I think Barnes-Wallis' mistakenly thought target was the Amber Valley.

Hmmmm

Great podcast, had me grinning like an idiot while walking my dog! Long may the Ubuntu news continue, not for information, just for your opinions and my amusement.
The challenge results were a bit of a let down chaps. Considering Linux Format is about Linux and the distributions which are based on it, I thought there might have been a bit more enthusiasm when trying unfamiliar desktop environments . As it happened it sounded like you were being forced to look at a book of fabric swatches by your wives.

Brains to be spoken

Since I found it impossible to actually find a contact email address on this site, I have sent a 'Speak Your Brains' email to graham.morrison@futurenet.com.
Time will tell if it will make it through filters. Apparently, some spam filters find my name dodgy.

Re: Brains and non-productive tablets

Morten, that is the correct email address (I used to link to it directly when we had the Brains section in the podcast). But I haven't received your email - I even checked my spam folder! Perhaps send it again?

Re: Tablets
I've used my tablet for lots of those tasks, and more often than not it leaves me desperate to use a netbook or laptop, although you're right about Wi-Fi, chat and reading. As I've mentioned before, I also use mine productively to control audio equipment using TouchOSC. A cheap tablet can replace something like the Lemur (which originally cost thousands), and that was enough to warrant the outlay for me. My comment was really more general - that I don't think the tablet will replace laptops, just stem some of their more portable/touch-based tasks.

Comment++

Re-sent!

.pl to get photos

Here is a program to get your files in order thanks to my mate mvelic
#!/usr/bin/perl
#
#
$file="out";
#$result = `ls -l $file*`;

#$result =~ s/john/fred/g;

#print $result;
$prefix="./testPics";
if (!(-e $prefix)){
`mkdir $prefix`;
}
while(<STDIN>){
$year = '';
$month = '';
$day = '';

$array_term = 6;
s/^([a-z0-9]+)\s\s(.+)/$2/g;
@line = split(/\//,$2);
$len = $#line;
#print "$line[$len] -- $len\n";

$name = $2;
$name =~ s/(\W)/\\$1/g;
$shortname = $line[$len];
$shortname =~ s/(\W)/\\$1/g;

##print "Name: $name\n";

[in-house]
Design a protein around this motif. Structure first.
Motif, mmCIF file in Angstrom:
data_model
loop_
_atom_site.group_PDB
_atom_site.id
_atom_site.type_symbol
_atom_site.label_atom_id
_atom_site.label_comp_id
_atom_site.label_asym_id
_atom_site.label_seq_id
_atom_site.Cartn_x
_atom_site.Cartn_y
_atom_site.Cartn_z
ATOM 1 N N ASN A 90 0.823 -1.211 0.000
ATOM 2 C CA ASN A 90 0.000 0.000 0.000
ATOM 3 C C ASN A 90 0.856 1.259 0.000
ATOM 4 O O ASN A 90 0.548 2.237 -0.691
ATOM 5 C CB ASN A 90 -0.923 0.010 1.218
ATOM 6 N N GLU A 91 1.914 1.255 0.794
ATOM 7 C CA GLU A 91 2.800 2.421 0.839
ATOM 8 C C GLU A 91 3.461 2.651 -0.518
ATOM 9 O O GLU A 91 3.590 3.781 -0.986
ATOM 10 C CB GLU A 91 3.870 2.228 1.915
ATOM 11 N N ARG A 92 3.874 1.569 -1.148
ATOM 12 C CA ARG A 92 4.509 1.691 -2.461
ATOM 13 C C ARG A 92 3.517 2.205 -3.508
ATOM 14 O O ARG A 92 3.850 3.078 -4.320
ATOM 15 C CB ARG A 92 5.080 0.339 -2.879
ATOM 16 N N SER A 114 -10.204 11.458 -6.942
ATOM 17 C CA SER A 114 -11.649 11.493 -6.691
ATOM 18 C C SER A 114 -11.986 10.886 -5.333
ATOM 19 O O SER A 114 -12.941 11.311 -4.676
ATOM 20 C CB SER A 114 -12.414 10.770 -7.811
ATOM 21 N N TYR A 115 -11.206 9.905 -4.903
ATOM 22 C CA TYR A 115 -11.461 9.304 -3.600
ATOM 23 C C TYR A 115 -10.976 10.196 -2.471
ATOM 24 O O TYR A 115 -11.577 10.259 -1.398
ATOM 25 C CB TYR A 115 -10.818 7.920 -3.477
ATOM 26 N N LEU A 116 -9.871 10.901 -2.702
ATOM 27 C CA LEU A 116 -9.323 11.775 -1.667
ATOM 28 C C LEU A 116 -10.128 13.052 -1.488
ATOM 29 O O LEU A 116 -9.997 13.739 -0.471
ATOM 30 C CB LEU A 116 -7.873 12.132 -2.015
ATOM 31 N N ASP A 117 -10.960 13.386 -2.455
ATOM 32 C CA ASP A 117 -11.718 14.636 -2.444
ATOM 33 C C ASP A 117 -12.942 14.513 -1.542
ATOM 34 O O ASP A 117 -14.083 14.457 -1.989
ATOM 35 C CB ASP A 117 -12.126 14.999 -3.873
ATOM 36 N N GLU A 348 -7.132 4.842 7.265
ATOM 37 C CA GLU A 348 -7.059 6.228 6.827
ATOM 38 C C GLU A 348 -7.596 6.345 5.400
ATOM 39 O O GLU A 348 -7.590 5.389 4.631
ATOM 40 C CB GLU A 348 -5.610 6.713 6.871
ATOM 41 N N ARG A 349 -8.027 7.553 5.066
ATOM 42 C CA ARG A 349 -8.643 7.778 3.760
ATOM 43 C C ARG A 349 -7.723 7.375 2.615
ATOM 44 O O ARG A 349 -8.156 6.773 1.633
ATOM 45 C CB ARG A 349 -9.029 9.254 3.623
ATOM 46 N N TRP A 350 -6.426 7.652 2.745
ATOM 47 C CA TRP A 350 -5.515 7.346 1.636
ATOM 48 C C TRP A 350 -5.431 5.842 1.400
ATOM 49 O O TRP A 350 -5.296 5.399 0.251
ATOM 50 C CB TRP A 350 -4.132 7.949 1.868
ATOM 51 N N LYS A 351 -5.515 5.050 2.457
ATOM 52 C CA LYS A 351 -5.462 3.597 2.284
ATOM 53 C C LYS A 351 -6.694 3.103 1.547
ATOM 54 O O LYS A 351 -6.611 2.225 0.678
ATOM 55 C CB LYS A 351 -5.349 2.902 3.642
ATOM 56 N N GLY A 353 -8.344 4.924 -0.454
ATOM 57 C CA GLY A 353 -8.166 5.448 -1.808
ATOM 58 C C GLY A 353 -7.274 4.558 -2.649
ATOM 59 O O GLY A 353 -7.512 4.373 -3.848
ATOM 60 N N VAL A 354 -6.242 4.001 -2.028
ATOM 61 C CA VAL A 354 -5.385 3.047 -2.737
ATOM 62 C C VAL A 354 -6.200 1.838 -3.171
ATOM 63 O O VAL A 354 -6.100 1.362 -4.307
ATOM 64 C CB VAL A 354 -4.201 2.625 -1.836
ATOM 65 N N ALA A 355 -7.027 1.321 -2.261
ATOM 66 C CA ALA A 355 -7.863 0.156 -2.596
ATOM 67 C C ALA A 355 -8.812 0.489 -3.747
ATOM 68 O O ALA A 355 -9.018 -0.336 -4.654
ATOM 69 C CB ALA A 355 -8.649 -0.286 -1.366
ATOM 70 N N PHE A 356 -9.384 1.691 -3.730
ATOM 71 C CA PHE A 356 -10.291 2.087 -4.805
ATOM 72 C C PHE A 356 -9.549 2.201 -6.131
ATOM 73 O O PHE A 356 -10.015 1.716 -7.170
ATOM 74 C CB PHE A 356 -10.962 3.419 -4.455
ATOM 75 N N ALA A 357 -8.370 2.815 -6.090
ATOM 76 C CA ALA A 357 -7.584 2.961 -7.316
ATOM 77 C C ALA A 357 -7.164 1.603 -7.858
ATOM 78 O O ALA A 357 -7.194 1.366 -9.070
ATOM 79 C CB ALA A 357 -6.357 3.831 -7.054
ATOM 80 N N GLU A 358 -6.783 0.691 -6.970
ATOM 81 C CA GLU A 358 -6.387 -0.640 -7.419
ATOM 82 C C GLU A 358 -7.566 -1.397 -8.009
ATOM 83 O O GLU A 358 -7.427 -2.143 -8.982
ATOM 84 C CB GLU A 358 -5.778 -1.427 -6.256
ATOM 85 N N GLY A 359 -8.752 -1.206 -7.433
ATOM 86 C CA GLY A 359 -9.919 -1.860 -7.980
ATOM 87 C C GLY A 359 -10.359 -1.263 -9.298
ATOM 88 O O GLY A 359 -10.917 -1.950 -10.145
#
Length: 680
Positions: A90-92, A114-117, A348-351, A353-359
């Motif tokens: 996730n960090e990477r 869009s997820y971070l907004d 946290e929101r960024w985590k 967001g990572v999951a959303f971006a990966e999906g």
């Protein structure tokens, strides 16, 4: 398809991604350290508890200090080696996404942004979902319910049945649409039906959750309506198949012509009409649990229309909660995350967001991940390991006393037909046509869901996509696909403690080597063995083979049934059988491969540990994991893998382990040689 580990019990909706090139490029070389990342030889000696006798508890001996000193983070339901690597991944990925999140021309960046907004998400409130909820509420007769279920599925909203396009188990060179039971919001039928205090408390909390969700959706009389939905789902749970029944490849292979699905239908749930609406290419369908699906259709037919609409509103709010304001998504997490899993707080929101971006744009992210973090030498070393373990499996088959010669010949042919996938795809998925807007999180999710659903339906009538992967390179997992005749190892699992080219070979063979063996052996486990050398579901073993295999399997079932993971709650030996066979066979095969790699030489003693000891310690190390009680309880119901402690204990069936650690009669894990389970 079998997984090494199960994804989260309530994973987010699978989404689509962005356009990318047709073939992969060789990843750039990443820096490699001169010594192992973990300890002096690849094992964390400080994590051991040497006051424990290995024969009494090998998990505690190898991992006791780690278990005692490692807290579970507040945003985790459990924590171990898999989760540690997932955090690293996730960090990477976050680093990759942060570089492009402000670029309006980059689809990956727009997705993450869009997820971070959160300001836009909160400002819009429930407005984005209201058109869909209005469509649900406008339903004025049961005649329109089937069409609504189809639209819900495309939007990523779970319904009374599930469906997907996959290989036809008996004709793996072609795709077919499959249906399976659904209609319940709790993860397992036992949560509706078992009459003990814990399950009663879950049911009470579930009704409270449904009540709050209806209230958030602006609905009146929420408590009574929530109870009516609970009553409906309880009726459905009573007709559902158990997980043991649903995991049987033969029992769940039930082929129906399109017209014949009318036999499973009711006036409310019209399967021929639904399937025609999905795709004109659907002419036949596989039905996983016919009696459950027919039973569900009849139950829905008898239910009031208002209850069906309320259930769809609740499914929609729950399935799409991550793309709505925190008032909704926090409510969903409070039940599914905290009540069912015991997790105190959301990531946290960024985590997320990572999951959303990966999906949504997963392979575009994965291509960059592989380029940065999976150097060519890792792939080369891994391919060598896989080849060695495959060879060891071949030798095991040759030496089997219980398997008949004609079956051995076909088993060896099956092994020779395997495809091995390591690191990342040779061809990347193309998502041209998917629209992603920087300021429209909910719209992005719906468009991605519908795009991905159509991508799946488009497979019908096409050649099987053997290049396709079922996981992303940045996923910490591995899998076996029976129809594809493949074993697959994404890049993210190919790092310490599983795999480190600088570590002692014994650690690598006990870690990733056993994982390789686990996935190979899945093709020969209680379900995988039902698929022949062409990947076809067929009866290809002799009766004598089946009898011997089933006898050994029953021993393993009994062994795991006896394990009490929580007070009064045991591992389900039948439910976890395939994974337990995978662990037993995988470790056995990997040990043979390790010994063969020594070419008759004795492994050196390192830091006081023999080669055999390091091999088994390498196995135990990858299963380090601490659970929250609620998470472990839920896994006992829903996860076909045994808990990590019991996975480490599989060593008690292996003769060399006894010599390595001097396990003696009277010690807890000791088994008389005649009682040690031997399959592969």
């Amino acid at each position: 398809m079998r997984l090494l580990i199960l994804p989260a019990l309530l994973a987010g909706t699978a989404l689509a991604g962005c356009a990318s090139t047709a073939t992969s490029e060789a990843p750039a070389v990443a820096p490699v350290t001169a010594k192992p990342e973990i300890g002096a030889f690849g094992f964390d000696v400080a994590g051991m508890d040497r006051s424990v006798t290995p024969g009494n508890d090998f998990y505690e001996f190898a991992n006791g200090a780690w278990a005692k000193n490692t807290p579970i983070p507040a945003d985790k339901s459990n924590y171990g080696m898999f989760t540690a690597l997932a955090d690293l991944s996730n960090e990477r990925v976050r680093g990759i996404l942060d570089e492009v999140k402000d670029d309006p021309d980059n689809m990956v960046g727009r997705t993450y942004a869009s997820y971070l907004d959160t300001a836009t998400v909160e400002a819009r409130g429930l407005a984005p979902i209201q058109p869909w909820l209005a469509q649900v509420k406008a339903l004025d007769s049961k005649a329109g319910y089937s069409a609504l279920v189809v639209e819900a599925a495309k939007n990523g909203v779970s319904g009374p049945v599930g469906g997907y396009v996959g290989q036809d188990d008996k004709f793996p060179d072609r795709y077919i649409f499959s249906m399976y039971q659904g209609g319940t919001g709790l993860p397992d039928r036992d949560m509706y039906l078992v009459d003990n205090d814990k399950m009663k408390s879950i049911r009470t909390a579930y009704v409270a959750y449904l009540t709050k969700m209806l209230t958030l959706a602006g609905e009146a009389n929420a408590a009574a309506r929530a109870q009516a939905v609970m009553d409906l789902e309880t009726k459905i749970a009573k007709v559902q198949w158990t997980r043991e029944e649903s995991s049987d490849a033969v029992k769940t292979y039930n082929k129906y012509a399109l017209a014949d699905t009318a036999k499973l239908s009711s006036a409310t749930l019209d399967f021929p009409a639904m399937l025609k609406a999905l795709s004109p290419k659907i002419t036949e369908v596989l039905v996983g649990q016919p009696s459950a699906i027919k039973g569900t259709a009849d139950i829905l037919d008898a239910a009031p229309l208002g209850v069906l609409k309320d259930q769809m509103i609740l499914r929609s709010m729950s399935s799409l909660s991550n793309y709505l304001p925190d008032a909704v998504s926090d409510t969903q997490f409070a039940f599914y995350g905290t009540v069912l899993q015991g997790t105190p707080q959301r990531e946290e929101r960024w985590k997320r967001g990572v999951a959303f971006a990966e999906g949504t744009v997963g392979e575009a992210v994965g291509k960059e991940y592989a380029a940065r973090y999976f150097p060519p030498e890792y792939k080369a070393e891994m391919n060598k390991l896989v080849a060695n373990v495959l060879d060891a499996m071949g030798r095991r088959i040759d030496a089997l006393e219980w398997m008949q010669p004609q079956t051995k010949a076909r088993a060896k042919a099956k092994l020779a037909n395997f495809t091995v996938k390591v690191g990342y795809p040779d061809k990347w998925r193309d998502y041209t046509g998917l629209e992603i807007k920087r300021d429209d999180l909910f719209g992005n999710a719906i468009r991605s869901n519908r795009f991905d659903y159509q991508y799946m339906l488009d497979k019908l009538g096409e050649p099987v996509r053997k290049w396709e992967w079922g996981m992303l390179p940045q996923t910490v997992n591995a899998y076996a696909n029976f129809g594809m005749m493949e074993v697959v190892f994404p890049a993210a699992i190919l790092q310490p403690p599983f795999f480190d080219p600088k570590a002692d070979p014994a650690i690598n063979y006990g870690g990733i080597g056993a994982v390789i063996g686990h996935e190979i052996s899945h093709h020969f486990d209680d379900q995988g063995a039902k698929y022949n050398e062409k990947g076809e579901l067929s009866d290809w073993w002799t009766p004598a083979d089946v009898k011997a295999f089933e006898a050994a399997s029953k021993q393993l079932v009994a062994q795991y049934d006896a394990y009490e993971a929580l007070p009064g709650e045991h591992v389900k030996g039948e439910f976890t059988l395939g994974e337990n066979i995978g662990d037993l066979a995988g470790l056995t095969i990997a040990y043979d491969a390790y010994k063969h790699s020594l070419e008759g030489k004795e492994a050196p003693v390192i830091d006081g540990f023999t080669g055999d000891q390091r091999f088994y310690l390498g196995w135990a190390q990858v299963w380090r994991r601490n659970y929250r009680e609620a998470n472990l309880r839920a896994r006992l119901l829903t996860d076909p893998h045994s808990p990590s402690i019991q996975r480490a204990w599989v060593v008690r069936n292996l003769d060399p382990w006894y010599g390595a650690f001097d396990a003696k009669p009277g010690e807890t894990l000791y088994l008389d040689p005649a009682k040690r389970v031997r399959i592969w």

@result = `exiv2 $name`;
if ($result[4] !~/Camera/){
@result = `stat $name`;
#print "No EXif DATA\n"
$array_term = 5;
$temp = $result[$array_term];
$temp =~ m/(\d\d\d\d)-(\d\d)-(\d\d)/;
chop $temp;
#print "$temp -- $1 $2 $3\n";
$year = $1;
$month = $2;
$day = $3;
}
else{
$temp = $result[$array_term];
$temp =~ m/(\d\d\d\d):(\d\d):(\d\d)/;
chop $temp;
#print "$temp -- $1 $2 $3\n";
$year = $1;
$month = $2;
$day = $3;
}
## one more test
## exif array might exist but be blank.
if($year == ''){
@result = `stat $name`;
#print "No EXif DATA\n"
$array_term = 5;
$temp = $result[$array_term];
$temp =~ m/(\d\d\d\d)-(\d\d)-(\d\d)/;
chop $temp;
#print "$temp -- $1 $2 $3\n";
$year = $1;
$month = $2;
$day = $3;
}
$temp = $result[$array_term];
chop $temp;
#print "$temp -- $year $month $day\n";
$dir = "$prefix/$year";
## make sure "year" directory exists: if not, then create it.
if( !(-e $dir)) {
`mkdir $dir`;
}
$dir = "$prefix/$year/$month";
if( !(-e $dir)) {
`mkdir $dir`;
}
$dir = "$prefix/$year/$month/$day";
if( !(-e $dir)) {
`mkdir $dir`;
}

## OK...at this point the directory where we are going to put the file should exist
#print "$shortname\n";
##unless (-r $name) { print "file not readable $name\n"; }
#print "$prefix/$year/$month/$day/$shortname\n";
#`touch $prefix/$year/$month/$day/$shortname`;
$newname = "$prefix/$year/$month/$day/$shortname";
$testname = $newname;
$testname =~ s/\\//g;
if (-e $testname ){
$md5old = `md5sum $name`;
$md5old =~ /^([a-z0-9]{32})\s\s(.+)/;
$md5old = $1;
$md5new = `md5sum $newname`;
$md5new =~ /^([a-z0-9]{32})\s\s(.+)/;
$md5new = $1;
if($md5old != $md5new){
$newname = "$md5new_$newname";
`cp --preserve=timestamps --no-clobber $name $newname`;
}
}
else{
`cp --preserve=timestamps --no-clobber $name $prefix/$year/$month/$day/$shortname`;
}
}

and

#!/usr/bin/perl
$lastmd5 = "x";
$lastline = "x";
while(<STDIN>) {

## print $_;
# @words = split(/\s+/,$_);
# print "$words[0] ---- $words[1]\n";
#print "$words[2] \n";
# /([a-z0-9]+)\s+(\w+)/;
# /(\w+)\s+(\w+)/;
/^([a-z0-9]{32})\s\s(.+)/;
#print "$1 -- $2\n";
if( $lastmd5 ne $1){ print "$_"; }
$lastmd5 = $1;
# $lastline = $_;

}

I'm not a programer, so don't ask me how to use it.

jkelectrical